Using an inverted backline shape, your runners from a ruck can give the 9 more options to pick up the best-placed player to break the defensive line. An inverted three is a group of three players that line up so the furthest player is in front. All but the first player in the line can take the ball with a player in support to drive them out and away from the previous breakdown. It’s easy for the outside players to adjust their timing to support the first player if he’s the receiver. MORE
Clearing up the mess
Both hookers can challenge for the loose ball from the lineout, especially if it bounces inside the 5m area next to the touchline. Here’s how to make your hooker more alert.
Tidying up knockdowns, dropped balls and tap backs from your throw can retain or regain possession. Or if you’re the opposition hooker, it’s a chance to get one up on your rival.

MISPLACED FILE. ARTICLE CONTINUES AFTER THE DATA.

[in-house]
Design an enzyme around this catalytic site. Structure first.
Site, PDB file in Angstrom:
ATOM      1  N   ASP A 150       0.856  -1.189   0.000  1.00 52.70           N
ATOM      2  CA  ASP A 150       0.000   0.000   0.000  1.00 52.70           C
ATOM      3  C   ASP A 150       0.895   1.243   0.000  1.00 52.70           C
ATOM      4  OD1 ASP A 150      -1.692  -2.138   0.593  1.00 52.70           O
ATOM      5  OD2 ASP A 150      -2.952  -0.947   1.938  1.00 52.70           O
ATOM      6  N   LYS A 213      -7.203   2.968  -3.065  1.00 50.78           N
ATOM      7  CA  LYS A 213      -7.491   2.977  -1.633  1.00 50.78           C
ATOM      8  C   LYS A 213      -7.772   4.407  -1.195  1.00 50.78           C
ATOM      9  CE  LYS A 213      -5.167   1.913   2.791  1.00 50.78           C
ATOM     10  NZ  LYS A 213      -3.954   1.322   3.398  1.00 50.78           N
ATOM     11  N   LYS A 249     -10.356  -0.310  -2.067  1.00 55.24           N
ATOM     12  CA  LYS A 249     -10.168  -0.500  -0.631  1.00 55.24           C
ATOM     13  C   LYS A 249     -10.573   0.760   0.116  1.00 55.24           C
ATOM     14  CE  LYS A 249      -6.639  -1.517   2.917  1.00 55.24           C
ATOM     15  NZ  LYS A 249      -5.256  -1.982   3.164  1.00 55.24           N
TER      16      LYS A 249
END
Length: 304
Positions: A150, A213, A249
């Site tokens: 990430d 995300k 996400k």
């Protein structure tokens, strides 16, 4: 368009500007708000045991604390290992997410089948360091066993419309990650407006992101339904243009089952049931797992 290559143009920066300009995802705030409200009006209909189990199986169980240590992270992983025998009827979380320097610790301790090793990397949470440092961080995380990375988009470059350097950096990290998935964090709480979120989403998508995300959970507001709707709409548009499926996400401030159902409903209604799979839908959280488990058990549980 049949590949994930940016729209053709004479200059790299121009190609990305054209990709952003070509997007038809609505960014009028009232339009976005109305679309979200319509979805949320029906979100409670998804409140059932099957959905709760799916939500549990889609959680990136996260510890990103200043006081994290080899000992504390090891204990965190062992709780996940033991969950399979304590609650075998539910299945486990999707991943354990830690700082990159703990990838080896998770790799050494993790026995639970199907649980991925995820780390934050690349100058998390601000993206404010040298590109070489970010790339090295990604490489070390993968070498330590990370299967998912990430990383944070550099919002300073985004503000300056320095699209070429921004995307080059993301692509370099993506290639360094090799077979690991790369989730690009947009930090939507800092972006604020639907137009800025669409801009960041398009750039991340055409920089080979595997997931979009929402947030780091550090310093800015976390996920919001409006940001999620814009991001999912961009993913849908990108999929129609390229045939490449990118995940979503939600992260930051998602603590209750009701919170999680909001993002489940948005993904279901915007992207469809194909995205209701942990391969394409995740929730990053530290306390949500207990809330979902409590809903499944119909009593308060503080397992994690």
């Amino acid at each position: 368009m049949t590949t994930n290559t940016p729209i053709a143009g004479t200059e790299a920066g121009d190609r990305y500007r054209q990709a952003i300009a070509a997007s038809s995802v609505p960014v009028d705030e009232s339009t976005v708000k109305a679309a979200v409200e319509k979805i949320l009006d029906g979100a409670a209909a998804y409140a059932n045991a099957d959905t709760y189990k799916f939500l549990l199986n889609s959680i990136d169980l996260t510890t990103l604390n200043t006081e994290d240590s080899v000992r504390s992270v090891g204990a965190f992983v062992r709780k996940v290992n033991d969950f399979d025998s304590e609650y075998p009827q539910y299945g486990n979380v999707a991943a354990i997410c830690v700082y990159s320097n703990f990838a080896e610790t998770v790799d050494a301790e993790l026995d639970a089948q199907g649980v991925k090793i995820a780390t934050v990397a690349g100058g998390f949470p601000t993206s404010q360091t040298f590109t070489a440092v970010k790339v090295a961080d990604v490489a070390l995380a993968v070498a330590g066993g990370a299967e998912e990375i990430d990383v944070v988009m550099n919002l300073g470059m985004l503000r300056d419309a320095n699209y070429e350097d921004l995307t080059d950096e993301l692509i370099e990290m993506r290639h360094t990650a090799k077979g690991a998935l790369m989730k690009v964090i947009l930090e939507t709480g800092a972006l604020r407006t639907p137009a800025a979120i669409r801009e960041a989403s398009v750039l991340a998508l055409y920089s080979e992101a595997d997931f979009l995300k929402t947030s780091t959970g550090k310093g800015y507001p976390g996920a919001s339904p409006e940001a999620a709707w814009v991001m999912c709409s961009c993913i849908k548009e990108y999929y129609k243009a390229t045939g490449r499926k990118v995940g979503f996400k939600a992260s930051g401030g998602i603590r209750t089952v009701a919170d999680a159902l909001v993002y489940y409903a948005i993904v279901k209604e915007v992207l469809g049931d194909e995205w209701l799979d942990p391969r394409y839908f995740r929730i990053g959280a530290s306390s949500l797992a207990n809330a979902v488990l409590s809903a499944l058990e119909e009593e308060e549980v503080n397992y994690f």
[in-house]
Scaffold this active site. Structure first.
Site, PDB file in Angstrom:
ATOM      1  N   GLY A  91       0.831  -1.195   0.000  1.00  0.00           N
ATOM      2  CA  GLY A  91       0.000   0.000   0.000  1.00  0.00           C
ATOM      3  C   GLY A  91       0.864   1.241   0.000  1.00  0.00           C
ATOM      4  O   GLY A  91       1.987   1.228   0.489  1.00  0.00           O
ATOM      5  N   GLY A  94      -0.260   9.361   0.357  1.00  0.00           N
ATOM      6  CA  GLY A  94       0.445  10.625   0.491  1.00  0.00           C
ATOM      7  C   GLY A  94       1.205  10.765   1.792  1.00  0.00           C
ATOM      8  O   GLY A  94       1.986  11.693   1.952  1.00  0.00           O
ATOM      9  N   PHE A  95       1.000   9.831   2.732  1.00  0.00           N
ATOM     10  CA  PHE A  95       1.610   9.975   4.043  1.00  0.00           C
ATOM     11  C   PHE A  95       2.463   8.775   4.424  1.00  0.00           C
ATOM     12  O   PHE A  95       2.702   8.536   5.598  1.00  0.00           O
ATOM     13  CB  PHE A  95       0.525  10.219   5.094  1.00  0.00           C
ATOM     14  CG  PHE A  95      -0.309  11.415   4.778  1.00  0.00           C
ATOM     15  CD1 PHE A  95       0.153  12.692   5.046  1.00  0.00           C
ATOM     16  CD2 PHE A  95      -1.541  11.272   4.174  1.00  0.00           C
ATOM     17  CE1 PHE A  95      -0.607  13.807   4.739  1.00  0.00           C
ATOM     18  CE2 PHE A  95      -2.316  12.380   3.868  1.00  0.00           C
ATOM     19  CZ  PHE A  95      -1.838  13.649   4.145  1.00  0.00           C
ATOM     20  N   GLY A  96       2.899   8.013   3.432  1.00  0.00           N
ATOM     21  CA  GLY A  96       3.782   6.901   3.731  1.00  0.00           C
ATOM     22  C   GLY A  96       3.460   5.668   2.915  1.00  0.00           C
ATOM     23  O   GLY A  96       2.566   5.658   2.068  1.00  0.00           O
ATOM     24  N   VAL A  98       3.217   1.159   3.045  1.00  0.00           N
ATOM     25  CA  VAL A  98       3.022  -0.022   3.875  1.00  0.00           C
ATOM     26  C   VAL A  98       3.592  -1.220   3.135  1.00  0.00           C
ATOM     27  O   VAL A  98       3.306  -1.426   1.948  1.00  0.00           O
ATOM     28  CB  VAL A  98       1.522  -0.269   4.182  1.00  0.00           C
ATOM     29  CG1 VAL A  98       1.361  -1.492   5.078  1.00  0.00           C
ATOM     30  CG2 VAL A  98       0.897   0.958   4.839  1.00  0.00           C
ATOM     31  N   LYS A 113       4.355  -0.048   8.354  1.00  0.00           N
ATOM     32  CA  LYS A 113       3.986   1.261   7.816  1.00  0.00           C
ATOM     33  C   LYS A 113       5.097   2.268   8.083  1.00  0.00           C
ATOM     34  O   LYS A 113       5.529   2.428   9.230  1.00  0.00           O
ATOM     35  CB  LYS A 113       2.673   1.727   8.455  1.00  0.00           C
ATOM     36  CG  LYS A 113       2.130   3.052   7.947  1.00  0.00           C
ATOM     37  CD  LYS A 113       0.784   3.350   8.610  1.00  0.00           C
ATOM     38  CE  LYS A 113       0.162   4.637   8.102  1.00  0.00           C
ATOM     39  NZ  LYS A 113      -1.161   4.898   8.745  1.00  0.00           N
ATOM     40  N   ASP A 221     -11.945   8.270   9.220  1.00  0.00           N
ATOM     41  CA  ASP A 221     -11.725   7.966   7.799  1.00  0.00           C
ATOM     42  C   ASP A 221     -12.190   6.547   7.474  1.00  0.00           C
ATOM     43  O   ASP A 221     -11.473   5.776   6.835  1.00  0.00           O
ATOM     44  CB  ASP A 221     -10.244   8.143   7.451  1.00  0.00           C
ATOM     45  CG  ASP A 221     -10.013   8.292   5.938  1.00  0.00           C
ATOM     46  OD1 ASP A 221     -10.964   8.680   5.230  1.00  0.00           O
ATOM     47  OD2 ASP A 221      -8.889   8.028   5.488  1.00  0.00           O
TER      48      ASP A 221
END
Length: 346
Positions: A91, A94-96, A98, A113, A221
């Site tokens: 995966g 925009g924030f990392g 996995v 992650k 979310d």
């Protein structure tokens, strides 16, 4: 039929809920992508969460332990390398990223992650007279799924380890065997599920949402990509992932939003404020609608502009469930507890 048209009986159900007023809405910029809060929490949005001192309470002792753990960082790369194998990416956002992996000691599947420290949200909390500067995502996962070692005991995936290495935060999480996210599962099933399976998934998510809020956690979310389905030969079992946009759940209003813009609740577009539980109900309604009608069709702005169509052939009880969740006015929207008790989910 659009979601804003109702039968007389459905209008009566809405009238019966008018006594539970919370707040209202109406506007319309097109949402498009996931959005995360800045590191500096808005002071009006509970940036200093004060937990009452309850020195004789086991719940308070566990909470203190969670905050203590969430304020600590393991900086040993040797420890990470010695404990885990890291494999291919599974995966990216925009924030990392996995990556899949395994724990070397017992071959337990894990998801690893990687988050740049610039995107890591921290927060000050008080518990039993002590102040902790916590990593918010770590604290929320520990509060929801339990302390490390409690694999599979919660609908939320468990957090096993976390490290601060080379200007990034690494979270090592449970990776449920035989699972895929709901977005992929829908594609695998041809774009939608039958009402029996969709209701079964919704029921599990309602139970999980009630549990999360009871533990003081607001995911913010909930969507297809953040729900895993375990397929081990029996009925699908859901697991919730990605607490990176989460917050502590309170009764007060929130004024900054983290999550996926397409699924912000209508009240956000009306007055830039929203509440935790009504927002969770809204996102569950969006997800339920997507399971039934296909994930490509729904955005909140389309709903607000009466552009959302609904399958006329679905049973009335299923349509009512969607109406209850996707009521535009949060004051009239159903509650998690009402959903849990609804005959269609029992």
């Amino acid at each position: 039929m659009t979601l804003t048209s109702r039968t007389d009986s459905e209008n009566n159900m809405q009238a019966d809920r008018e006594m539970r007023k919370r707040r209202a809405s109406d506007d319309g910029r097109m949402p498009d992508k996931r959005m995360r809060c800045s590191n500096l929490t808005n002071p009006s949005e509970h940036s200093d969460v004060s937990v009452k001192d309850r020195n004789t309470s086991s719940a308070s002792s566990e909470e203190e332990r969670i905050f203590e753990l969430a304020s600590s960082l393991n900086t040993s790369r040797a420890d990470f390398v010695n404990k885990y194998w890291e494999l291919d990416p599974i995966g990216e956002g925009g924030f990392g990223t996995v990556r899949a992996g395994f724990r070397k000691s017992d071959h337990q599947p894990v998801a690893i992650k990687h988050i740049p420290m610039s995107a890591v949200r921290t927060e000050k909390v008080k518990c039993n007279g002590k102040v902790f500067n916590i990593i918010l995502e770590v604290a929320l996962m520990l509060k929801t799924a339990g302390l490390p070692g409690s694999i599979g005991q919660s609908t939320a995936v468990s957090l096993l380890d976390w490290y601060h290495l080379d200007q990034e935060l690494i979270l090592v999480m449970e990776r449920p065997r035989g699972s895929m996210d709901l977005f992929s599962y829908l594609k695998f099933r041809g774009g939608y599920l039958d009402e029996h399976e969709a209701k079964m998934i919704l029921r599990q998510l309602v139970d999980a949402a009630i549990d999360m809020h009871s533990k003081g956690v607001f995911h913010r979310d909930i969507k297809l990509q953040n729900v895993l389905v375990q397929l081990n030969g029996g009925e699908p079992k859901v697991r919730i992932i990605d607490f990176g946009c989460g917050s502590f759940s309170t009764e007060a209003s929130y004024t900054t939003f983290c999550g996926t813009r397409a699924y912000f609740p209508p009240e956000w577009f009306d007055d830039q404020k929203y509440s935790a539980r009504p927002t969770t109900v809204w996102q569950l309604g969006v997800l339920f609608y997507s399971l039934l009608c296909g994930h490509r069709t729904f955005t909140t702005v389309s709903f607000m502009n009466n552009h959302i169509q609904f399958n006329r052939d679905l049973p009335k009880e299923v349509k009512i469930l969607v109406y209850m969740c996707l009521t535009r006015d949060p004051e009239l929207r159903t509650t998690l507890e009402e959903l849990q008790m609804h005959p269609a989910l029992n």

- The non-throwing hooker stands in the 5m channel a metre from the tackle tubes to replicate his position at a lineout.
- The player with the pad stands between the tubes.
- The 9 stands on the opposite side of the tackle tubes in line with the pad holder.
- The thrower throws in and the pad holder intercepts the ball with the pad into the 5m area.
- Once the ball is deflected the players challenge for the ball.
- If the opposition hooker wins it, he must be stopped.
- Here, the non-throwing hooker has won the ball, and needs to be stopped
- Note, this is an “imperfect” situation, so not all the throws or deflections will land exactly where we want – just play on until it is obvious what the outcome will be.
- If the 9 is caught in possession then the ball thrower must help protect him and recover the ball.
- The opposition hooker stands midway between the tackle tubes and the thrower to maximise the area covered.
- Both hookers watch for the deflection and look to fall on the loose ball or gather it.